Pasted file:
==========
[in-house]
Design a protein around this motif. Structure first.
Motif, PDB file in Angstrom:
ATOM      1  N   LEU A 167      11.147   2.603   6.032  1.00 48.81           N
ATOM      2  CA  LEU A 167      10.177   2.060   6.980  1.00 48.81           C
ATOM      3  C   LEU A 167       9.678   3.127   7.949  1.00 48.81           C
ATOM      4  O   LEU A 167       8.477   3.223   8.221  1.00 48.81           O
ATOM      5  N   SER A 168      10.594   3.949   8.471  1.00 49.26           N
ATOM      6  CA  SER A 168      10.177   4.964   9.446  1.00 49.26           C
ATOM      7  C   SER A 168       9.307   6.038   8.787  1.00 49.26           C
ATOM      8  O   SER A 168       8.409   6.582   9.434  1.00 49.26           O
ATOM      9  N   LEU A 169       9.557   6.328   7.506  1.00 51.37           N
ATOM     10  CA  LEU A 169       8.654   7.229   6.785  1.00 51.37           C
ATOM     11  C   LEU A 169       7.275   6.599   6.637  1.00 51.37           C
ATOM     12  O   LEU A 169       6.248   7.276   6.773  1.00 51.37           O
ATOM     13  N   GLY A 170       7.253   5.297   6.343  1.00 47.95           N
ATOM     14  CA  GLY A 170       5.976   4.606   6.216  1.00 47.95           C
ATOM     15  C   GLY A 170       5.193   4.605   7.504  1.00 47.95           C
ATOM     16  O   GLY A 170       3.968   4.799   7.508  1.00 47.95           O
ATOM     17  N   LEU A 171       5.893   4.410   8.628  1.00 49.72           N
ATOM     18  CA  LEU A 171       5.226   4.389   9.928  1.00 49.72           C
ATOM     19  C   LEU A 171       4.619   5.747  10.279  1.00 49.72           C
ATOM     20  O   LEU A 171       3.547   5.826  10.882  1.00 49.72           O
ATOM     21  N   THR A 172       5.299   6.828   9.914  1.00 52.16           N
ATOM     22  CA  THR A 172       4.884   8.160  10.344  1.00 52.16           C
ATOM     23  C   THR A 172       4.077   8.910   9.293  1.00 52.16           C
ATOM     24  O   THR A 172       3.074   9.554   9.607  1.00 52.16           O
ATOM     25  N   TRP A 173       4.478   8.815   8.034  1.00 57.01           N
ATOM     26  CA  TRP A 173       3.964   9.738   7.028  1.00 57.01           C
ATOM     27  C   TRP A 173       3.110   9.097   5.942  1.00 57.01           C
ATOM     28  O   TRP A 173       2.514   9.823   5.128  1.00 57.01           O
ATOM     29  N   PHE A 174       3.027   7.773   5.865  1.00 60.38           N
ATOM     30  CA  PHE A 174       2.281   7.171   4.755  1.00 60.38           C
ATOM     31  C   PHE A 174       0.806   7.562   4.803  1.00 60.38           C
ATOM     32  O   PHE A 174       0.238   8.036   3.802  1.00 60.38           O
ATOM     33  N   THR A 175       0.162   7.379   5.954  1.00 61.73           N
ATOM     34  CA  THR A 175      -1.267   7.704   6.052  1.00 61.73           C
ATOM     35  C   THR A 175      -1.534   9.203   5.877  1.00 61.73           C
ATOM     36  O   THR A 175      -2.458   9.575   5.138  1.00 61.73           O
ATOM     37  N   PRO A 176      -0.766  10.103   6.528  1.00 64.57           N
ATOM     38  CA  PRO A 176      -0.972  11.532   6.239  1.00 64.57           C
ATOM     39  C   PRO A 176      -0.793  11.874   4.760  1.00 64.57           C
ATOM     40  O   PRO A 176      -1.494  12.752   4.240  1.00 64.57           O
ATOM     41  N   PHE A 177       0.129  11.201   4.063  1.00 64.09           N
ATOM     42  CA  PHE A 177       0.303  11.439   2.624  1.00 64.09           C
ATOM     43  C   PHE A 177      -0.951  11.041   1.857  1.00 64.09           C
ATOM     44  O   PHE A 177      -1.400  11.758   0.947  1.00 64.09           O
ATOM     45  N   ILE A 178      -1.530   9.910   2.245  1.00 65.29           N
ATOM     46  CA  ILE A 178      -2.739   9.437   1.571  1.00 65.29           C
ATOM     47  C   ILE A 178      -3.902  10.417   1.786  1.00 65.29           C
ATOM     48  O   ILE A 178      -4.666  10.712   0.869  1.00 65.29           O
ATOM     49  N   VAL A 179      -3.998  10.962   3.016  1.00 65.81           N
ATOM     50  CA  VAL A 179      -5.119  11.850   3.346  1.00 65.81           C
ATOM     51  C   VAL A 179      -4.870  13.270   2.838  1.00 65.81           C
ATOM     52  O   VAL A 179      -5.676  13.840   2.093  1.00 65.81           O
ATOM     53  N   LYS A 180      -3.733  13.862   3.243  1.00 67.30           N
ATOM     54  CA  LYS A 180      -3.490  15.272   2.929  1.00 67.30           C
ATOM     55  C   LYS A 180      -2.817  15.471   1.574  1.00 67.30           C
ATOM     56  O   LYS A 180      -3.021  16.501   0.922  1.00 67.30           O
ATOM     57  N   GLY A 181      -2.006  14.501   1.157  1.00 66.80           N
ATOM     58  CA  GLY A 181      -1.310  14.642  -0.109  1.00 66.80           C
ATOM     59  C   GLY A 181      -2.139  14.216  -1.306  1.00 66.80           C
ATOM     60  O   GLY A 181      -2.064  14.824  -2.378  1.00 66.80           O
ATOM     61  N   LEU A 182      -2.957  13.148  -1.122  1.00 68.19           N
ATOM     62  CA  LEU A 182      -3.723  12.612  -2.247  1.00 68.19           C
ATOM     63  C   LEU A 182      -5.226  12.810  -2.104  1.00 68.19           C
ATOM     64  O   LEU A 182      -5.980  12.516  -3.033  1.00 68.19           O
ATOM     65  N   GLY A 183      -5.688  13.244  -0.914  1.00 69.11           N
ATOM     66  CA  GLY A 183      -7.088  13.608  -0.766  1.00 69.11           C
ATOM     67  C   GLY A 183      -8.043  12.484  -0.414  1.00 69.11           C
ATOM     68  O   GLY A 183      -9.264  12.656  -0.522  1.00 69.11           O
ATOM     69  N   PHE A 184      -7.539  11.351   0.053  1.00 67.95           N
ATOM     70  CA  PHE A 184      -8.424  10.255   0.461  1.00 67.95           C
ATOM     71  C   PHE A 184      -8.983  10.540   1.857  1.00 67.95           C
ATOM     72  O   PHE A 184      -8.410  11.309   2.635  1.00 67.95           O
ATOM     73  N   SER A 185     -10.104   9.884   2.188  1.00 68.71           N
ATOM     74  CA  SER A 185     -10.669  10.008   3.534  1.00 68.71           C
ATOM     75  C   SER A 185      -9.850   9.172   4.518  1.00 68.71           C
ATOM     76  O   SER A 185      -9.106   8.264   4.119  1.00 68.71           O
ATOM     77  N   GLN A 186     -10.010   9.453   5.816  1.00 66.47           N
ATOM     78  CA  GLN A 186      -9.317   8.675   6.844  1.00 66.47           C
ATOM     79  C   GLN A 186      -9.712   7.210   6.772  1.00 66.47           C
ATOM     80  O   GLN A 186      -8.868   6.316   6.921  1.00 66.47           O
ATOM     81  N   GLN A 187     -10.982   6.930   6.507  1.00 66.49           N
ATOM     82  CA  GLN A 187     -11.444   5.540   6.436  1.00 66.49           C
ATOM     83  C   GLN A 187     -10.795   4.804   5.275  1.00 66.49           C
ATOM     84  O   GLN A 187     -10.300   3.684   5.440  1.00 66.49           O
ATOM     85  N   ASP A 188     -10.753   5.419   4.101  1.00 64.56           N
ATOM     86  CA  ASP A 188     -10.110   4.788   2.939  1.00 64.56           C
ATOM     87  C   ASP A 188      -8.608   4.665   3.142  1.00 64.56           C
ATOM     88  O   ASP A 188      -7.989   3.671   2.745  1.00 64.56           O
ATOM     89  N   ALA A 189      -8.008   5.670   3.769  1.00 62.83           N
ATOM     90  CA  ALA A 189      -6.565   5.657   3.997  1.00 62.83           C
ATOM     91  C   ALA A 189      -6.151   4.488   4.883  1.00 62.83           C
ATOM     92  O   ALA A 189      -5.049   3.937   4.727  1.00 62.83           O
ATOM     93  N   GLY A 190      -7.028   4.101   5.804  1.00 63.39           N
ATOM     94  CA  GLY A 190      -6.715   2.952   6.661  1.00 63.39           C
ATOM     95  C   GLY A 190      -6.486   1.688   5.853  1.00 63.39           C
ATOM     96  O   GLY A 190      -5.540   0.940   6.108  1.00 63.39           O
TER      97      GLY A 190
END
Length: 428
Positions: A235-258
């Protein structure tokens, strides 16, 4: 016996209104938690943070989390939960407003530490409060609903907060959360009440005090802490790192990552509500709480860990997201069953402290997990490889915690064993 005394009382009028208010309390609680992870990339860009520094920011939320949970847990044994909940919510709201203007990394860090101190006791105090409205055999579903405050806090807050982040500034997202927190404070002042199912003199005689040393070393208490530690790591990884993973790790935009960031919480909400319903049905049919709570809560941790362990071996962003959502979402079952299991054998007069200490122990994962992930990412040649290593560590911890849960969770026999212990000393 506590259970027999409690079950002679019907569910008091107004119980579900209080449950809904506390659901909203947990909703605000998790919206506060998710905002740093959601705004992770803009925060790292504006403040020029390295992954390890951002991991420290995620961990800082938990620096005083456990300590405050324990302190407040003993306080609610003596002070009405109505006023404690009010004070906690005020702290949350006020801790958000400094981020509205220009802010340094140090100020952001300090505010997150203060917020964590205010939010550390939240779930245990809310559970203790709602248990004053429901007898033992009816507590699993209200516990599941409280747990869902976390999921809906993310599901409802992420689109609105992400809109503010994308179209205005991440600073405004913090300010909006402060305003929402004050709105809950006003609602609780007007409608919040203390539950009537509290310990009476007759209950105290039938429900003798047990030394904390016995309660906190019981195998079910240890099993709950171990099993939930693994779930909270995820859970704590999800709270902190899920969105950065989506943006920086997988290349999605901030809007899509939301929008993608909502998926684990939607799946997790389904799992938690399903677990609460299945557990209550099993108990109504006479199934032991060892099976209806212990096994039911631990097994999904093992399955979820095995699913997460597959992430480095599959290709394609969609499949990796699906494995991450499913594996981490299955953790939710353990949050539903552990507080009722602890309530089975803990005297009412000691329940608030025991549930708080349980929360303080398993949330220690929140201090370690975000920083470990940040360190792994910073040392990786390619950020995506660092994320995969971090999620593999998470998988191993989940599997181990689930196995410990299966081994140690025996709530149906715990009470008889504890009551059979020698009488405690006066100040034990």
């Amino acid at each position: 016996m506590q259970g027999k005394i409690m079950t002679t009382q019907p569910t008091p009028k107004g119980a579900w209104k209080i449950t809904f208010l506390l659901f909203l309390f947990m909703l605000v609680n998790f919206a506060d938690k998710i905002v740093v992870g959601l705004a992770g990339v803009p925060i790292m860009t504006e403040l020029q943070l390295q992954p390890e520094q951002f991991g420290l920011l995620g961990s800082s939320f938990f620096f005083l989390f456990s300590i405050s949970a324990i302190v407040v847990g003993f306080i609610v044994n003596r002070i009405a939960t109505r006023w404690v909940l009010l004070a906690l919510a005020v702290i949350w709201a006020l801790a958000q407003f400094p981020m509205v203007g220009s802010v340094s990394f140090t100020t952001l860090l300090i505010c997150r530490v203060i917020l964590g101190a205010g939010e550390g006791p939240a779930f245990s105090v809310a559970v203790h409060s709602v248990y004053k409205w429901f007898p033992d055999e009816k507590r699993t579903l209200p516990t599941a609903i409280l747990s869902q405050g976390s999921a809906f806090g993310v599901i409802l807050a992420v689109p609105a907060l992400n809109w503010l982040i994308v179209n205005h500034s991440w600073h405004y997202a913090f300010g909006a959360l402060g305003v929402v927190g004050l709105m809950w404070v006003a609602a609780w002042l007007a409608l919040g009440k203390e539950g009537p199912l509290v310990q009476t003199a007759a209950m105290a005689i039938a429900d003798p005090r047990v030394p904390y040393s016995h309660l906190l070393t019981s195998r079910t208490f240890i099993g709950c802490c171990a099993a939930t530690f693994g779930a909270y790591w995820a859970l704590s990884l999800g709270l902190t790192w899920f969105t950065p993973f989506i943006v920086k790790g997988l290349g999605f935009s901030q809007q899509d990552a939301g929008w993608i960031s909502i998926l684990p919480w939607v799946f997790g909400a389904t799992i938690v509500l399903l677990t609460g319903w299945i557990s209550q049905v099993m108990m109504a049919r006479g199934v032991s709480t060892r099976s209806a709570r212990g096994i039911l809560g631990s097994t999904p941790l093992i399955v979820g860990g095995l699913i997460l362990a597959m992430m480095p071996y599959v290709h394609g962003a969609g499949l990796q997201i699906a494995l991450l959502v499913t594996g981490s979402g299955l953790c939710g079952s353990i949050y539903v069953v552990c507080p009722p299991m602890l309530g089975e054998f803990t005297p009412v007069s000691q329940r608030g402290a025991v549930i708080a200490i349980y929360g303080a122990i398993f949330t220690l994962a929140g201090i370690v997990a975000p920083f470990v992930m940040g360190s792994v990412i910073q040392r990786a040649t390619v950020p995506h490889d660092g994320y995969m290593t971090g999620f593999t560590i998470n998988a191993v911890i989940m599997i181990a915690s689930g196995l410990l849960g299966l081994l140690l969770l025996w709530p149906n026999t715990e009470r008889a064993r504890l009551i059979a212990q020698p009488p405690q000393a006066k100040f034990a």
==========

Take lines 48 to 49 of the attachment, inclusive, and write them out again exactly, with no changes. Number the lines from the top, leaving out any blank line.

ATOM     45  N   ILE A 178      -1.530   9.910   2.245  1.00 65.29           N
ATOM     46  CA  ILE A 178      -2.739   9.437   1.571  1.00 65.29           C